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Old 08-06-2014, 01:17 PM   #32
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This is a leap with some real powerful elements.

We have Al conflicted between his own fate and the irrational but heartfelt desire of his best friend to save his brother's life. I've discussed in regards to M.I.A how Al's lack of disclosure which ultimately caused him to make it impossible for Sam to succeed in saving his marriage and here he's done it again. It is my belief and the final scene of the episode confirms this that had Sam known he would have distributed equal importance to both his brother and best friend. Though I've said this about him in MIA for not throwing Donna in his face and once again here Al shows how amazing a friend he is and how much Sam means to him to put Sam's personal agendas over his own.

Let's talk about Sam's selfishness here. Believe it or not I've come to appreciate this because it gives an otherwise too perfect character a sense of realism which makes him human and believable. The first part of the episode starts us off on that path with Sam openly admitting that his own timeline was the only one allowed to be an exception to the rule. Personally I am considering that this comment could have been more emotional than sincere and Mirror Image seems to support this but I digress.
Here we have that selfishness almost invalidated by the fact that Ziggy doesn't seem to know what he should be doing having made multiple fruitless suggestions from ensuring the success of the unknown mission which turned into the POW rescue to saving Deek from the sapper attack. Which brings me to my next point.

Consider how the first part ended, the nature of Sam's leap out of the Basketball game; his hand reaching out for his brother, yelling his name in desperation to save him only to land him in the exact position to do so. Now add to our brainstorm soup when Al the Bartender reveals that Sam can take control of his leaps in Mirror Image. Something which it's implied that he has actually unconsciously done in many episodes but for obvious reasons I'm going to stick to Vietnam here.

My theory which came to mind watching it just yesterday and combines all the above ingredients together quite nicely (wow lol, all that Food Network I've been watching suddenly took over there XD), is that perhaps a task could not be determined because this was a leap of Sam's choosing not GTFW's. Still though as Al pointed out in the first part Sam isn't able to change what isn't supposed to be changed. So there is another factor at play here that allowed his success. Either Tom's death coincidentally happened to be considered a wrong or Sam was being given an exception, perhaps because of the difficulty of the previous leap.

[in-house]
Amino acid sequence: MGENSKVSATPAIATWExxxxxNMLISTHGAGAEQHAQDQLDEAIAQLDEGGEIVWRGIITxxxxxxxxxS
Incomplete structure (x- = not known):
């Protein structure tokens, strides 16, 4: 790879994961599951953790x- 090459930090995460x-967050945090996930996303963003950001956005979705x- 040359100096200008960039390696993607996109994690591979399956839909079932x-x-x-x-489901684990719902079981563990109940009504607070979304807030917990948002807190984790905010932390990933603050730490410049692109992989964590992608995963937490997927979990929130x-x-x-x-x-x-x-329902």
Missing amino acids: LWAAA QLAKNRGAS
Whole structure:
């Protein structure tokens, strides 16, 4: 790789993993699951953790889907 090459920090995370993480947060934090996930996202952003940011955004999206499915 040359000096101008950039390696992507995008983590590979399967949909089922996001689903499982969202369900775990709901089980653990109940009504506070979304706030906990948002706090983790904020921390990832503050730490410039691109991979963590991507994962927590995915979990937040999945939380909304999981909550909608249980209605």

That does make his success with Beth at the end of Mirror Image difficult to decipher however. Was this another exception? Why? Or was it a wrong that Sam didn't succeed the first time? That's another subject though.

Quote:
Originally Posted by Ladystoneheart
Did I get it right from the episode? So Sam's brother dies in a rescue mission for Al and the other prisoners in the original history?
Correct, though they didn't know the identities or exactly how many POWs there would be, the mission was to find and rescue up to three or was it four?
In the original timeline when the Chu hoi double crossed them she'd personally shot Tom in the back and two other men on the squad were injured, Maggie had not been brought on the mission.
That day had marked the end of Magic's good luck spell.

Quote:
Originally Posted by Ladystoneheart
The scene just killed me when it was shown that Al was on the photo. Maggie wins a Pulitzer for this shot so is Al still considered to be MIA then?

I am sorry for all these questions,first time viewer
Not exactly. The rescue mission had been unsuccessful in both timelines. What Maggie's photograph changed was that it sentenced Al to two more years as a POW. Is my information right? He'd originally been repatriated in '73 (stated in MIA) but then at the end of this episode which takes place in '70 he said five years which makes it '75. So the difference would be two years. Anyway how it did so isn't clear but the novel Pulitzer offers an amazing explanation to make that connection, I highly recommend it.

Never apologize for asking questions, questions are what educate us and everyone here at Al's is more than willing to answer and all.
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Last edited by Sam Beckett Fan; 08-06-2014 at 05:04 PM.
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